The District Attorney identified the defendant as Police Officer Joseph Moloney, 27, who was assigned to the 76th Precinct School Unit. He was arraigned today before Brooklyn Supreme Court Justice Danny Chun on a 24-count indictment in which he is charged with first-, second- and third-degree perjury, first- and second-degree making a false statement and official misconduct. The defendant was released without bail and ordered to return to court on June 13, 2018. He faces up to four years in prison if convicted of the top count.

According to the investigation, on May 6, 2016, at about 6:30 a.m., Officer Moloney and three other officers finished executing a search warrant in the Red Hook Houses on Columbia Street in Brooklyn and then went to look for a man who lived in the same housing complex and had an unrelated summons warrant. The officers went to the apartment and knocked on the door. Their target opened, was placed under arrest and was then allowed to go to his bedroom to get dressed. He became agitated and was removed from the apartment by Officer Moloney and another officer.

After getting a call at the precinct from their sergeants, the two officers returned to the apartment about 15 to 20 minutes later. Inside, they observed an already-opened black box that contained a gun, a wrist watch, cash and three ziplock bags containing marijuana. The sergeant instructed Officer Moloney to obtain an emergency search warrant for the apartment. In the search warrant affidavit, the official swore that, “As I was assisting [redacted] to get dressed, [redacted] kicked a black plastic box under the bed where the baby was sleeping. I then opened the black plastic box and observed a silver pistol inside the box.”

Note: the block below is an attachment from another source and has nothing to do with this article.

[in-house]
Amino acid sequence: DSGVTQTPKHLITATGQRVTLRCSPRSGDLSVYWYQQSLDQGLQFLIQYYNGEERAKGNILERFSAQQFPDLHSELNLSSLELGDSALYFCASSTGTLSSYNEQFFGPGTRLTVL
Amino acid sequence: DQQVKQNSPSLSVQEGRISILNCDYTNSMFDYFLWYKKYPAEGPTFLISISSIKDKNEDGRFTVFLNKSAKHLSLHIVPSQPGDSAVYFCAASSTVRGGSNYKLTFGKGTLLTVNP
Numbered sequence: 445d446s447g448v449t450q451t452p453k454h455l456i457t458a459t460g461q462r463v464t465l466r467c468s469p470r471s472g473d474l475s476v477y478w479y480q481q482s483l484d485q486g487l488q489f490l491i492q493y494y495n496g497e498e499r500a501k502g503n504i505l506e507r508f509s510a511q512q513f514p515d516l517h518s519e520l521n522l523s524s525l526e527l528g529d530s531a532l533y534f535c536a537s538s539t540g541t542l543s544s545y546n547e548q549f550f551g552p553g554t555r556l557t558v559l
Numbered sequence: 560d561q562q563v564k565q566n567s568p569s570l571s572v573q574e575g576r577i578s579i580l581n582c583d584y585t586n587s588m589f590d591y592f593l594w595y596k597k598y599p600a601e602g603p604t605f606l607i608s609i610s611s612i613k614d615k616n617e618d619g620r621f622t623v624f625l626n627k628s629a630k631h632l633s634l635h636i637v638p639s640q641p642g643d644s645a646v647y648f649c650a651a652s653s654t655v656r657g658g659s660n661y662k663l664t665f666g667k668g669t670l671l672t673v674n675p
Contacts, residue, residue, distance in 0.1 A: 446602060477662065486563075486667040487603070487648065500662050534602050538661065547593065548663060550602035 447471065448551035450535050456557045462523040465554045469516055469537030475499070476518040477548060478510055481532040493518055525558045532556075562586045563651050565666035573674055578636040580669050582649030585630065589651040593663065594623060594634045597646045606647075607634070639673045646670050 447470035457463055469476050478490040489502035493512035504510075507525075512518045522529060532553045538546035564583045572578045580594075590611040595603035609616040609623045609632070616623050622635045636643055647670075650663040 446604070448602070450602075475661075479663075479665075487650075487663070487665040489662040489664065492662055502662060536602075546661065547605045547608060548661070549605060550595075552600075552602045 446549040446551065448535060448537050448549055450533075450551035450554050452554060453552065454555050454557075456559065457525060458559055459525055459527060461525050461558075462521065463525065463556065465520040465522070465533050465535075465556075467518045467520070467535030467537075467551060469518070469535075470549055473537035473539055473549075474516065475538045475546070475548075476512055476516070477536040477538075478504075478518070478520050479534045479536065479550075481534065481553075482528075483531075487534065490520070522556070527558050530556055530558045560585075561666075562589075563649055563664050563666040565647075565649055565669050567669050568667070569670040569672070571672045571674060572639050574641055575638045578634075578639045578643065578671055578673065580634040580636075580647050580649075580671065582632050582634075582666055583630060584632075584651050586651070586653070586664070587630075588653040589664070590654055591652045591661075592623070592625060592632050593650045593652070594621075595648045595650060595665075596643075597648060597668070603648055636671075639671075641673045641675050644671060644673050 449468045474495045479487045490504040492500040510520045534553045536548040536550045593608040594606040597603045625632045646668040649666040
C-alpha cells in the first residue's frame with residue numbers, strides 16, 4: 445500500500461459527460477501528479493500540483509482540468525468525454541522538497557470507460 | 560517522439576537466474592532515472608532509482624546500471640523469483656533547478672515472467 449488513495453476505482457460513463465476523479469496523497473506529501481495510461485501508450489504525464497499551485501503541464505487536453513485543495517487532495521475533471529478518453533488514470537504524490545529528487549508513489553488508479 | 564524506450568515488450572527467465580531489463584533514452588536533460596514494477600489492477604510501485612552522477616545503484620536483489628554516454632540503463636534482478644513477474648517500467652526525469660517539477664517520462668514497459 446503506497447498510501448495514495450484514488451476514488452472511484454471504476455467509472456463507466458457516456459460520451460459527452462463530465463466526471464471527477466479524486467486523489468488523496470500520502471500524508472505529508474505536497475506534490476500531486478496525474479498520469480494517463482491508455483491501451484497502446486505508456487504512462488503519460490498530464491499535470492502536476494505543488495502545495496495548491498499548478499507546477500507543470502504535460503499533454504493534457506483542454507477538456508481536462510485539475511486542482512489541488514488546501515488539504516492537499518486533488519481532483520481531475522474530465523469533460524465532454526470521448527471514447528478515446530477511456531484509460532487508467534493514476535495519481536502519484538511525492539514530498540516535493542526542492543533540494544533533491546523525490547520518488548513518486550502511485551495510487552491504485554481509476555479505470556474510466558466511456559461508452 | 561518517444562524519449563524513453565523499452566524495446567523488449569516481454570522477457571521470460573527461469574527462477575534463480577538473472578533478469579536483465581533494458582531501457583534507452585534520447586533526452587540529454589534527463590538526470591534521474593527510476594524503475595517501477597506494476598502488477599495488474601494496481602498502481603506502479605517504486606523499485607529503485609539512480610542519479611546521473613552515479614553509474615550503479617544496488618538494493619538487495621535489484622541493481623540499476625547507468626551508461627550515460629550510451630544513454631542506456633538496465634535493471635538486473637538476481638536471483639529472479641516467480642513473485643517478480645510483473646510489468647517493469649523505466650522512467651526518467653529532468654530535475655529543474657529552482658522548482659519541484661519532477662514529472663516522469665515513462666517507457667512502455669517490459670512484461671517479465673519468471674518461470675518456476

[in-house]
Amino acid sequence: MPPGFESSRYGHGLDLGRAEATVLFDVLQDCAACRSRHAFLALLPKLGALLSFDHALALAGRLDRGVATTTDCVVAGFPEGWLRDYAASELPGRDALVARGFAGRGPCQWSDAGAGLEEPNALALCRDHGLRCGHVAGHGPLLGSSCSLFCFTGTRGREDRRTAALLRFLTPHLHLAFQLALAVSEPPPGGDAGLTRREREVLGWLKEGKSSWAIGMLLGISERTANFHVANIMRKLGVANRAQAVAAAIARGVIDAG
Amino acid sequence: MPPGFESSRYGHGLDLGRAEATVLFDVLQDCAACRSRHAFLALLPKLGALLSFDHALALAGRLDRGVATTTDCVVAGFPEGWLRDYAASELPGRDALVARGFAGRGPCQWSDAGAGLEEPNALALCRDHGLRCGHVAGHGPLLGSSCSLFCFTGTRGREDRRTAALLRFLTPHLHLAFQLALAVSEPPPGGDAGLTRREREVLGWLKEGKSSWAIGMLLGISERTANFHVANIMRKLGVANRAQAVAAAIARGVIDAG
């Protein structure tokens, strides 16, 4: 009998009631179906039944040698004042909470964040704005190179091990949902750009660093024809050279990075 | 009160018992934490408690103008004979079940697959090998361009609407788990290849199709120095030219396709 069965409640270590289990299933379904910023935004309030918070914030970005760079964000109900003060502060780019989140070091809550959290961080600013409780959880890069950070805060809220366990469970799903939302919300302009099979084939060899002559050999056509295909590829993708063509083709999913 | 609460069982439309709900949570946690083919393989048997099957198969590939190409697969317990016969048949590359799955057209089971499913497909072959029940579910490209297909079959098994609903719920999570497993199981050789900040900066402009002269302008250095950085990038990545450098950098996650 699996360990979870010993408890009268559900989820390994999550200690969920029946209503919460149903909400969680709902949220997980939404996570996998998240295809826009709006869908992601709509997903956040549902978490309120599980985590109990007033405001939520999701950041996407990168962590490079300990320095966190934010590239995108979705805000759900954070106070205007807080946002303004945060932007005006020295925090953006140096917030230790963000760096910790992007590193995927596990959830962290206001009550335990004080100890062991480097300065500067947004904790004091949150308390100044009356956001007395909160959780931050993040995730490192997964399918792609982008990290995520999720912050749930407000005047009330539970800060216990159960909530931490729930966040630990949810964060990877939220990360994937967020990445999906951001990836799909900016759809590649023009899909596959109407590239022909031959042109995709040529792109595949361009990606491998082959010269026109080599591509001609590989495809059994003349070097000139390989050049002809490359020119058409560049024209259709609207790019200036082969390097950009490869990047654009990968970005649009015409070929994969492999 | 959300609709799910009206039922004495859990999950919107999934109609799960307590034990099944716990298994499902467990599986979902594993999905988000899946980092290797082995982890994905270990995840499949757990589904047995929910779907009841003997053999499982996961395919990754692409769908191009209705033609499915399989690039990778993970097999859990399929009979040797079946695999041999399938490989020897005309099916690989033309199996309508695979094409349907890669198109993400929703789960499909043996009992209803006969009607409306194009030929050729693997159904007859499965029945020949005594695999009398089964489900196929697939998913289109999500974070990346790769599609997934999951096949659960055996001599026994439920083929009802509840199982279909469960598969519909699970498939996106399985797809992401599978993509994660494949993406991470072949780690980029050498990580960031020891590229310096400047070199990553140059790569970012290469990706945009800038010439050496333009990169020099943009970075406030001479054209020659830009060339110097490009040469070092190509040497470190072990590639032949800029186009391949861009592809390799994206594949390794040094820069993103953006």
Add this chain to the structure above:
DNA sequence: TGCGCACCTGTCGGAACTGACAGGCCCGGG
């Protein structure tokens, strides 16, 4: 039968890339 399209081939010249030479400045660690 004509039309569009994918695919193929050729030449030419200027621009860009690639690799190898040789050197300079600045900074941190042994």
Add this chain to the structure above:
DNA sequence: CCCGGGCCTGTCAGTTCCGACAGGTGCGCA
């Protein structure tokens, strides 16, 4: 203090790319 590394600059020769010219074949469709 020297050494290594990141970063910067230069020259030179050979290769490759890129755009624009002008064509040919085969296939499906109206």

The officer swore to the search warrant and was examined by a Supreme Court judge later that morning. The search warrant was executed and an operable unloaded 9mm semi-automatic pistol was recovered from the black plastic box. Officer Moloney subsequently testified in a grand jury proceeding against the man and his girlfriend (who was also present inside the apartment), who were charged with third-degree criminal possession of a weapon and other counts. In his testimony, he made two variations from the search warrant affidavit: he said the suspect pushed the box “towards the bed,” not under the bed, and added that “we opened the box,” instead of “I.”